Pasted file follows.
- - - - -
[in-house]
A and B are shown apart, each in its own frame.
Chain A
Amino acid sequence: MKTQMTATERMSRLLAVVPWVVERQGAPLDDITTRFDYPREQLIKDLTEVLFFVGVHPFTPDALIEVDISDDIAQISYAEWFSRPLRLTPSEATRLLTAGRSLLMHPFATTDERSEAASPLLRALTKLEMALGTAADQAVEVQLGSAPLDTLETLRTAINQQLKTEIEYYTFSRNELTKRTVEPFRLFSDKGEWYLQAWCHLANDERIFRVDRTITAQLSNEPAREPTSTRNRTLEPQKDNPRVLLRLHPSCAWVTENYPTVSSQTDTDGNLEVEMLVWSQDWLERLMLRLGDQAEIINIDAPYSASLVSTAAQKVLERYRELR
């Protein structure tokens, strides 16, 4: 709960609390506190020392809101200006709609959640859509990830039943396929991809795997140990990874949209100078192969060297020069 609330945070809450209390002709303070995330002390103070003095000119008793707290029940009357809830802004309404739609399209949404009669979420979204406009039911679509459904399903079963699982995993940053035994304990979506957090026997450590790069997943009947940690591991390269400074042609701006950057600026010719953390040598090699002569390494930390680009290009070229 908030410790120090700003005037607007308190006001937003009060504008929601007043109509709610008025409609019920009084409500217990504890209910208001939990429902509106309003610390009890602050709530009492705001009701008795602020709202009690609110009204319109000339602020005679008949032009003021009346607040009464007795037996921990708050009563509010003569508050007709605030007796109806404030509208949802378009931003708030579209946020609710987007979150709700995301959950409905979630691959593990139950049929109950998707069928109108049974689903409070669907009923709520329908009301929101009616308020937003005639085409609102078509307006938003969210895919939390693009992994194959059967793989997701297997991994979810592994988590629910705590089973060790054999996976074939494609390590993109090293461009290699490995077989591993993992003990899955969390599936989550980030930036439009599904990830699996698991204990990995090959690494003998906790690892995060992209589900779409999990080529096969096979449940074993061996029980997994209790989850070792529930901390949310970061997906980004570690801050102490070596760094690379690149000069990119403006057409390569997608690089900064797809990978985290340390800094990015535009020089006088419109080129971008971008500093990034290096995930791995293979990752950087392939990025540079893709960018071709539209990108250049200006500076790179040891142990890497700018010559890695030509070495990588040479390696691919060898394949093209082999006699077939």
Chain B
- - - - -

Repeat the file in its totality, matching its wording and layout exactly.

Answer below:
[in-house]
A and B are shown apart, each in its own frame.
Chain A
Amino acid sequence: MKTQMTATERMSRLLAVVPWVVERQGAPLDDITTRFDYPREQLIKDLTEVLFFVGVHPFTPDALIEVDISDDIAQISYAEWFSRPLRLTPSEATRLLTAGRSLLMHPFATTDERSEAASPLLRALTKLEMALGTAADQAVEVQLGSAPLDTLETLRTAINQQLKTEIEYYTFSRNELTKRTVEPFRLFSDKGEWYLQAWCHLANDERIFRVDRTITAQLSNEPAREPTSTRNRTLEPQKDNPRVLLRLHPSCAWVTENYPTVSSQTDTDGNLEVEMLVWSQDWLERLMLRLGDQAEIINIDAPYSASLVSTAAQKVLERYRELR
């Protein structure tokens, strides 16, 4: 709960609390506190020392809101200006709609959640859509990830039943396929991809795997140990990874949209100078192969060297020069 609330945070809450209390002709303070995330002390103070003095000119008793707290029940009357809830802004309404739609399209949404009669979420979204406009039911679509459904399903079963699982995993940053035994304990979506957090026997450590790069997943009947940690591991390269400074042609701006950057600026010719953390040598090699002569390494930390680009290009070229 908030410790120090700003005037607007308190006001937003009060504008929601007043109509709610008025409609019920009084409500217990504890209910208001939990429902509106309003610390009890602050709530009492705001009701008795602020709202009690609110009204319109000339602020005679008949032009003021009346607040009464007795037996921990708050009563509010003569508050007709605030007796109806404030509208949802378009931003708030579209946020609710987007979150709700995301959950409905979630691959593990139950049929109950998707069928109108049974689903409070669907009923709520329908009301929101009616308020937003005639085409609102078509307006938003969210895919939390693009992994194959059967793989997701297997991994979810592994988590629910705590089973060790054999996976074939494609390590993109090293461009290699490995077989591993993992003990899955969390599936989550980030930036439009599904990830699996698991204990990995090959690494003998906790690892995060992209589900779409999990080529096969096979449940074993061996029980997994209790989850070792529930901390949310970061997906980004570690801050102490070596760094690379690149000069990119403006057409390569997608690089900064797809990978985290340390800094990015535009020089006088419109080129971008971008500093990034290096995930791995293979990752950087392939990025540079893709960018071709539209990108250049200006500076790179040891142990890497700018010559890695030509070495990588040479390696691919060898394949093209082999006699077939």
Chain B